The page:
Inactivity, not calorie consumption, behind rising obesity in the UK


  • The rise in obesity in recent decades is popularly believed to be the result of increased consumption of calories in general and sugar in particular.

  • Campaigners have called for product reformulation, fat taxes and other anti-market policies to reduce calorie consumption at the population level.

  • All the evidence indicates that per capita consumption of sugar, salt, fat and calories has been falling in Britain for decades. Per capita sugar consumption has fallen by 16 per cent since 1992 and per capita calorie consumption has fallen by 21 per cent since 1974.

  • Since 2002, the average body weight of English adults has increased by two kilograms. This has coincided with a decline in calorie consumption of 4.1 per cent and a decline in sugar consumption of 7.4 per cent.

  • The rise in obesity has been primarily caused by a decline in physical activity at home and in the workplace, not an increase in sugar, fat or calorie consumption.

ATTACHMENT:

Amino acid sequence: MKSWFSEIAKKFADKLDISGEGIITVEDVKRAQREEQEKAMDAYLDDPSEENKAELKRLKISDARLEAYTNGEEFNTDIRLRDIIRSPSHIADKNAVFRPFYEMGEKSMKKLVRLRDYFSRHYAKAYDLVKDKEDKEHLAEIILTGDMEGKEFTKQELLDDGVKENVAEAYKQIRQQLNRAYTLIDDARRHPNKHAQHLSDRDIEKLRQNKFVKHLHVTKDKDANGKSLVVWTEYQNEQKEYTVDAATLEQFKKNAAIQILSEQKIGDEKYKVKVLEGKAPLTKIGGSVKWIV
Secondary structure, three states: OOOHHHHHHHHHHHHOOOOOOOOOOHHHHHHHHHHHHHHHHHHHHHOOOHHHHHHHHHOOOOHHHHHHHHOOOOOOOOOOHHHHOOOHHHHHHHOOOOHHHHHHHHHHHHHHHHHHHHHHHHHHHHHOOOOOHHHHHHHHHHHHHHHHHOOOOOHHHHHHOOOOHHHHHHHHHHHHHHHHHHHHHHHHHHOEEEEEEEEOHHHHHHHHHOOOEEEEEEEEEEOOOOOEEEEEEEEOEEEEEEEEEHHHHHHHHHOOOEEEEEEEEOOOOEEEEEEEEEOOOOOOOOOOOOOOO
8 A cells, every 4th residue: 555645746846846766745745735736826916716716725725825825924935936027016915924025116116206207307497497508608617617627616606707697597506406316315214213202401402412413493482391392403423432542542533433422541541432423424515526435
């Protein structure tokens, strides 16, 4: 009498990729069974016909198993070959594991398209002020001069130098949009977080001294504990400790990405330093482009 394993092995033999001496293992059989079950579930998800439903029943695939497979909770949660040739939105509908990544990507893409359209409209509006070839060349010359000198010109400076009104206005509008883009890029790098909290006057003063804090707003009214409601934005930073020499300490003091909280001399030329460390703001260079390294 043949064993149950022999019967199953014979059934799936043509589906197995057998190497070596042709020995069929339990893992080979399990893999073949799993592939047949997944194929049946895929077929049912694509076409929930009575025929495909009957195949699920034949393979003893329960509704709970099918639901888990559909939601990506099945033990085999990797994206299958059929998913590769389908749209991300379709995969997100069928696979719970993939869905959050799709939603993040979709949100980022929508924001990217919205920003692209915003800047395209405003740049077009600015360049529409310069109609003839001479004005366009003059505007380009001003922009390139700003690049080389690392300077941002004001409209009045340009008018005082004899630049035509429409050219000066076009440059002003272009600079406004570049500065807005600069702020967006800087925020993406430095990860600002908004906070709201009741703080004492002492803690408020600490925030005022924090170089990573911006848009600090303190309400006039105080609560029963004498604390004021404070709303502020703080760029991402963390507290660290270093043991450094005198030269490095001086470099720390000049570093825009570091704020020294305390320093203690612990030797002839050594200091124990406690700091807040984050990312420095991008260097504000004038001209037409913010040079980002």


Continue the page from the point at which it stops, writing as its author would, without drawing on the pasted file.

The publication featured in The Sun, CityAM, BBC Radio 2 and Channel 4 News.

You can view the press release here

2014, Briefing 14:03

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Chris Snowdon Final

Head of Lifestyle Economics, IEA

Christopher Snowdon is the Head of Lifestyle Economics at the IEA. He is the author of The Art of Suppression, The Spirit Level Delusion and Velvet Glove; Iron Fist. His work focuses on pleasure, prohibition and dodgy statistics. He has authored a number of publications including Sock Puppets, Euro Puppets, The Proof of the Pudding, The Crack Cocaine of Gambling and Free Market Solutions in Health.